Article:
Study type: Medical/biological study (experimental study)

The extremely low-frequency magnetic field exposure differently affects the AMPAR and NMDAR subunit expressions in the hippocampus, entorhinal cortex and prefrontal cortex without effects on the rat spatial learning and memory. med./bio.

Published in: Environ Res 2014; 134: 74-80

Aim of study (acc. to author)

To examine the effects of chronic exposure to extremely low frequency magnetic fields on the subunit protein expression of two synaptic receptors in the brain and on spatial learning and memory in rats.

Background/further details

The N-methyl-D-aspartate receptor (NMDA receptor) and the alpha-amino-3-hydroxy-5-methyl-4-isoxazolepropionic acid receptor (AMPA receptor) are glutamate receptors which mediate the fast excitatory neurotransmission in the brain. These receptors play an important role in synaptic plasticity and learning.
60 rats were randomly assigned to one of four groups: 1.) sham exposure for 14 days, 2.) exposure for 14 days, 3.) sham exposure for 28 days and 4.) exposure for 28 days. After the exposure, some animals (5 rats from group 1 and 2, respectively; 6 rats from group 3 and 4, respectively) were immediately used for protein expression analysis, while the others (10 rats from group 1 and 2, respectively; 9 rats from group 3 and 4, respectively) were tested in the Morris water maze.

Endpoint

Exposure

Exposure Parameters
Exposure 1: 50 Hz
Exposure duration: 4 h/day for 14 or 28 days

Exposure 1

Main characteristics
Frequency 50 Hz
Type
Waveform
Exposure duration 4 h/day for 14 or 28 days
Exposure setup
Exposure source
Setup round coil electromagnet with a 1000 turned copper wire constructed on a glass fibre cylinder, the centre of each cage was 15 cm vertical below the poles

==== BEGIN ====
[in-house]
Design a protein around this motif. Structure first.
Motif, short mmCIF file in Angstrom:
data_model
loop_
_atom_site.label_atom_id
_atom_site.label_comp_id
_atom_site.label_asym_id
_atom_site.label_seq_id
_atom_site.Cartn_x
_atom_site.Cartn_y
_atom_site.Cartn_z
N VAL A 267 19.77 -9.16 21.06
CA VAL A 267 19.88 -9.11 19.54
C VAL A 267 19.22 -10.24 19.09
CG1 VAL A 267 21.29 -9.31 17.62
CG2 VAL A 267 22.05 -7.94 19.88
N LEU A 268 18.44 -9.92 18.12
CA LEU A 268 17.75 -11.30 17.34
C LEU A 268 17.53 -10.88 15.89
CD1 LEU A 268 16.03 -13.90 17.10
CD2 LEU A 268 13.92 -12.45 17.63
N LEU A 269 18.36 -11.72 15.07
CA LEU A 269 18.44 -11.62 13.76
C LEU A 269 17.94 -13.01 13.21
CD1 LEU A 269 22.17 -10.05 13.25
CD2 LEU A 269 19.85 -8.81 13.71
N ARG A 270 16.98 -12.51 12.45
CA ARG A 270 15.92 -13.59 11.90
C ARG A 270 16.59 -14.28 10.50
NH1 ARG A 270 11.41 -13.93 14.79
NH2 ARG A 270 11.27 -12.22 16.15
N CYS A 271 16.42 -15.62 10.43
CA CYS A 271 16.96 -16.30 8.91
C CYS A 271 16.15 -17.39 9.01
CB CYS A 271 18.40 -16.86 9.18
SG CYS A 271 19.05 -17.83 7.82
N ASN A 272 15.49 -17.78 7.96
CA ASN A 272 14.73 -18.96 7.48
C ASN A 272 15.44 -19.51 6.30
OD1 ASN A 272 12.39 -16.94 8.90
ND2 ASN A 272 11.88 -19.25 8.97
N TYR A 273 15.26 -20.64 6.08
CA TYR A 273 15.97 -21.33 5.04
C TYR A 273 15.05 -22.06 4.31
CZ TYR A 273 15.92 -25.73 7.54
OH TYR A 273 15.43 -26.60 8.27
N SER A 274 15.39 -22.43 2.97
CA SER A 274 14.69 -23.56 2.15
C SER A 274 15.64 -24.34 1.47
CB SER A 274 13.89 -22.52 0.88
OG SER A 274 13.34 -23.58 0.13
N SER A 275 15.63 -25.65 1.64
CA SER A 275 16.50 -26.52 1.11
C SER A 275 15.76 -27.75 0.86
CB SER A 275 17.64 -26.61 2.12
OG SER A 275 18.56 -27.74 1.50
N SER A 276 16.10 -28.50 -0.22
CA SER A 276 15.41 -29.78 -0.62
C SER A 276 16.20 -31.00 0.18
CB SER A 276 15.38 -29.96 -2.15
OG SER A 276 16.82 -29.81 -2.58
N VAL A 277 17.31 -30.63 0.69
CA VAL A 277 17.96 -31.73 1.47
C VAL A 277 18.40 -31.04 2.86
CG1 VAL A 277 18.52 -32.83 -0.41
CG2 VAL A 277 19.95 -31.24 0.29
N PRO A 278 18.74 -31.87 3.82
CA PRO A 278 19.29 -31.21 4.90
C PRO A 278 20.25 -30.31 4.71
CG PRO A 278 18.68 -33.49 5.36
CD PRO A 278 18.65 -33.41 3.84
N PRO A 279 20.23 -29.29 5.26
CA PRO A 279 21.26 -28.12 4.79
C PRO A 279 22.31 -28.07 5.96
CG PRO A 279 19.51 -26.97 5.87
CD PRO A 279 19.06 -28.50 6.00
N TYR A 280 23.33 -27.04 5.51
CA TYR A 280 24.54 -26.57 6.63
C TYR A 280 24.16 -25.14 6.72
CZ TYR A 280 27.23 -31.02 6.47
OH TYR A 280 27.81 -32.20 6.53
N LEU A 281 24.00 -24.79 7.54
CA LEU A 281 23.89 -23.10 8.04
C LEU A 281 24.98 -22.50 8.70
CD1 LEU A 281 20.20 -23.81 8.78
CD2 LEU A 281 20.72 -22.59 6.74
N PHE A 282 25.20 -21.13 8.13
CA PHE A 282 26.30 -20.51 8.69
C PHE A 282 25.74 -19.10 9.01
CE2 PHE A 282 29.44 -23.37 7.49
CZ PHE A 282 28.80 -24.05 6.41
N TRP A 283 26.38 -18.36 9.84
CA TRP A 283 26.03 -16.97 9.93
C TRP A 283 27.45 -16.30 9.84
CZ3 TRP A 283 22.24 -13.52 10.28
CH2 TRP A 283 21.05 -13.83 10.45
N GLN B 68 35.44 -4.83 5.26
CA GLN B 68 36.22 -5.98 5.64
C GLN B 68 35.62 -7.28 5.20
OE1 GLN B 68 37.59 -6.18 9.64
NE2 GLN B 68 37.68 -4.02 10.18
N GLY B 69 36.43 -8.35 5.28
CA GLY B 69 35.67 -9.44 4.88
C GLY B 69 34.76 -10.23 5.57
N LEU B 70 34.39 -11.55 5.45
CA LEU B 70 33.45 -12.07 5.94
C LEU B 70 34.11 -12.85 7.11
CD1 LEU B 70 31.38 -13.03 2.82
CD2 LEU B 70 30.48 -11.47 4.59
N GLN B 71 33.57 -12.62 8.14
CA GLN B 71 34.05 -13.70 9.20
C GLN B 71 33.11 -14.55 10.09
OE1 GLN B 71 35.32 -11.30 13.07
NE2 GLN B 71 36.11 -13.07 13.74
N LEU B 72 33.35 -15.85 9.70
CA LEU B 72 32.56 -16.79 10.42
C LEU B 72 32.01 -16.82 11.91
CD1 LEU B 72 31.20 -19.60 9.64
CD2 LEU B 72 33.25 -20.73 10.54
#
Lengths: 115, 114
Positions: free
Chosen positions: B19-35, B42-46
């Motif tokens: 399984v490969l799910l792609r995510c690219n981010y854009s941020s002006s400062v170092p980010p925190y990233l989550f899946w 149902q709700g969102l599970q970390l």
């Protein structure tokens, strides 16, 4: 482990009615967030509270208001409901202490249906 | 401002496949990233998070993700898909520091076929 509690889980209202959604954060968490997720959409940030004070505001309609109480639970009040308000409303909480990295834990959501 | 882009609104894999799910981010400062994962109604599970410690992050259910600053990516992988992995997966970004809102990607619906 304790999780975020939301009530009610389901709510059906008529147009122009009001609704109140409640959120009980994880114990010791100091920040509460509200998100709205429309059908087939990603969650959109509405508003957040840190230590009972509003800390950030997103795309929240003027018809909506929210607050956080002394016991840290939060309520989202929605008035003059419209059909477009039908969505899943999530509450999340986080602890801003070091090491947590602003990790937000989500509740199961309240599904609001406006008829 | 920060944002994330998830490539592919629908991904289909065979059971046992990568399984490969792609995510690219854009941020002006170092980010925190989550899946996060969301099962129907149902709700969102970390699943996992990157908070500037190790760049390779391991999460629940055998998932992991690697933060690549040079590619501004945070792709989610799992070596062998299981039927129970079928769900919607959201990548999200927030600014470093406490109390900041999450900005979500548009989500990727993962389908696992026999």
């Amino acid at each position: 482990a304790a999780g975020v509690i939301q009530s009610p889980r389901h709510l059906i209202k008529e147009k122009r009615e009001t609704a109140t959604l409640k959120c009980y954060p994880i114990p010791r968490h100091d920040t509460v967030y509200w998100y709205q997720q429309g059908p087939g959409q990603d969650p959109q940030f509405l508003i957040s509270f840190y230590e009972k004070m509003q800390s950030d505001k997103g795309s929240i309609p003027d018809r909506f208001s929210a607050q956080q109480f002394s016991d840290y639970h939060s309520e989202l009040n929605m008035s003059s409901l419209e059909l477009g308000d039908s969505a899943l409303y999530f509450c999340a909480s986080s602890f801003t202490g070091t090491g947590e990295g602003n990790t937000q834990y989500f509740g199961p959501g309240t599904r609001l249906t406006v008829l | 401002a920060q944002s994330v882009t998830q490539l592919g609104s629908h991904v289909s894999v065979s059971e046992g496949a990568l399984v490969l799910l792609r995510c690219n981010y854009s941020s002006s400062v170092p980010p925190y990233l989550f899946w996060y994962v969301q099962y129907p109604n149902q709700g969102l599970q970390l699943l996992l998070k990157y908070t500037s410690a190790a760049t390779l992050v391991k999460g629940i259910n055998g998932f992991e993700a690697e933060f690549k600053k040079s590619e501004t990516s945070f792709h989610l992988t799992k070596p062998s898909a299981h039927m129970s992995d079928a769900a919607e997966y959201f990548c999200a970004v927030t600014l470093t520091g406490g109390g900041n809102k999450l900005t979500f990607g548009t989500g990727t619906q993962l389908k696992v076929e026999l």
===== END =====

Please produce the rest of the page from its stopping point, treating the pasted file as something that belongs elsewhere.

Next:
Parameters
Measurand Value Type Method Mass Remarks
magnetic flux density 0.5 mT mean measured - in the center of the coils

Reference articles

  • Xiong J et al. (2013): Changes of dendritic spine density and morphology in the superficial layers of the medial entorhinal cortex induced by extremely low-frequency magnetic field exposure.

Exposed system:

Methods Endpoint/measurement parameters/methodology

Investigated system:
Investigated organ system:
Time of investigation:
  • after exposure

Main outcome of study (acc. to author)

The magnetic field exposure changed the expression levels of the NMDA receptor and AMPA receptor subunits differently.
Regarding the subunit protein expression of the NMDA receptor, significant increases in the hippocampus were observed after exposure (increased levels of GluN2A and GluN2B after 14 days, increased levels of GluN2B after 28 days) compared to the sham exposure. Additionally in the entorhinal cortex of exposed rats, the NMDA receptor subunit expression was significantly changed (increased levels of GluN1 and GluN2A after 14 days, decreased level of GluN2A after 28 days, increased level of GluN2B after 28 days) in comparison to the sham exposure while in the prefrontal cortex, significant increases were observed (increased levels of GluN1 and GluN2A after 14 days, increased level of GluN1 after 28 days).
Regarding the subunit protein expression of the AMPA receptor, no significant alterations in the hippocampus of exposed rats were observed when compared to the sham exposed rats, while significant decreases were found in the entorhinal cortex (decreased level of GluA2 after 28 days) and in the prefrontal cortex (decreased level of GluA3 after 14 days).
No significant differences occurred regarding spatial learning and memory in the Morris Water maze between the exposed and the sham exposed rats.
The authors conclude that exposure to extremely low frequency magnetic fields could have an influence on the subunit protein expression of synaptic glutamate receptors but does not change the spatial memory and learning abilities of rats.

Study character:

Study funded by

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